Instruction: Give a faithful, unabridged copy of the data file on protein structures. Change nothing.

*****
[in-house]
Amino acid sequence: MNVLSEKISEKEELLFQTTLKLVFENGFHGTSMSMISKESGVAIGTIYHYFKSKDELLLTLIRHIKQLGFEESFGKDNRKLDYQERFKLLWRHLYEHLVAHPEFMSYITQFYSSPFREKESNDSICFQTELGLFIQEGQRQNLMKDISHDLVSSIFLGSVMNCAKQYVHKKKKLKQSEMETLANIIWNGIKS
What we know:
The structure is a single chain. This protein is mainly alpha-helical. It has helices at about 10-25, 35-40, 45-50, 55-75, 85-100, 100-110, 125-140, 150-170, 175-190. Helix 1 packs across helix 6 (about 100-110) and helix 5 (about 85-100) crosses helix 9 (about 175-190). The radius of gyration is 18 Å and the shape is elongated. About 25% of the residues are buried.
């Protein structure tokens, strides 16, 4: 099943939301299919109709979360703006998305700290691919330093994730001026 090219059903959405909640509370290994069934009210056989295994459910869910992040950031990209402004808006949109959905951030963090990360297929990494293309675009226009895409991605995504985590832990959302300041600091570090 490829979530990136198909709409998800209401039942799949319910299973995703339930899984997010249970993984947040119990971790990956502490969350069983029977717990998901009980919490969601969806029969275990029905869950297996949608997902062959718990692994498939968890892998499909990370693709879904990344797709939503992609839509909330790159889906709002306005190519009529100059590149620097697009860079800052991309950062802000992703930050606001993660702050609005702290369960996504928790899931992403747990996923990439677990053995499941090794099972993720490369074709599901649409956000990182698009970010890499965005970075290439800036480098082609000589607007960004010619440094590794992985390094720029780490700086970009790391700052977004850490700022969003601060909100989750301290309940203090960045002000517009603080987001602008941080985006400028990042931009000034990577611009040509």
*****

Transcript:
[in-house]
Amino acid sequence: MNVLSEKISEKEELLFQTTLKLVFENGFHGTSMSMISKESGVAIGTIYHYFKSKDELLLTLIRHIKQLGFEESFGKDNRKLDYQERFKLLWRHLYEHLVAHPEFMSYITQFYSSPFREKESNDSICFQTELGLFIQEGQRQNLMKDISHDLVSSIFLGSVMNCAKQYVHKKKKLKQSEMETLANIIWNGIKS
What we know:
The structure is a single chain. This protein is mainly alpha-helical. It has helices at about 10-25, 35-40, 45-50, 55-75, 85-100, 100-110, 125-140, 150-170, 175-190. Helix 1 packs across helix 6 (about 100-110) and helix 5 (about 85-100) crosses helix 9 (about 175-190). The radius of gyration is 18 Å and the shape is elongated. About 25% of the residues are buried.
């Protein structure tokens, strides 16, 4: 099943939301299919109709979360703006998305700290691919330093994730001026 090219059903959405909640509370290994069934009210056989295994459910869910992040950031990209402004808006949109959905951030963090990360297929990494293309675009226009895409991605995504985590832990959302300041600091570090 490829979530990136198909709409998800209401039942799949319910299973995703339930899984997010249970993984947040119990971790990956502490969350069983029977717990998901009980919490969601969806029969275990029905869950297996949608997902062959718990692994498939968890892998499909990370693709879904990344797709939503992609839509909330790159889906709002306005190519009529100059590149620097697009860079800052991309950062802000992703930050606001993660702050609005702290369960996504928790899931992403747990996923990439677990053995499941090794099972993720490369074709599901649409956000990182698009970010890499965005970075290439800036480098082609000589607007960004010619440094590794992985390094720029780490700086970009790391700052977004850490700022969003601060909100989750301290309940203090960045002000517009603080987001602008941080985006400028990042931009000034990577611009040509």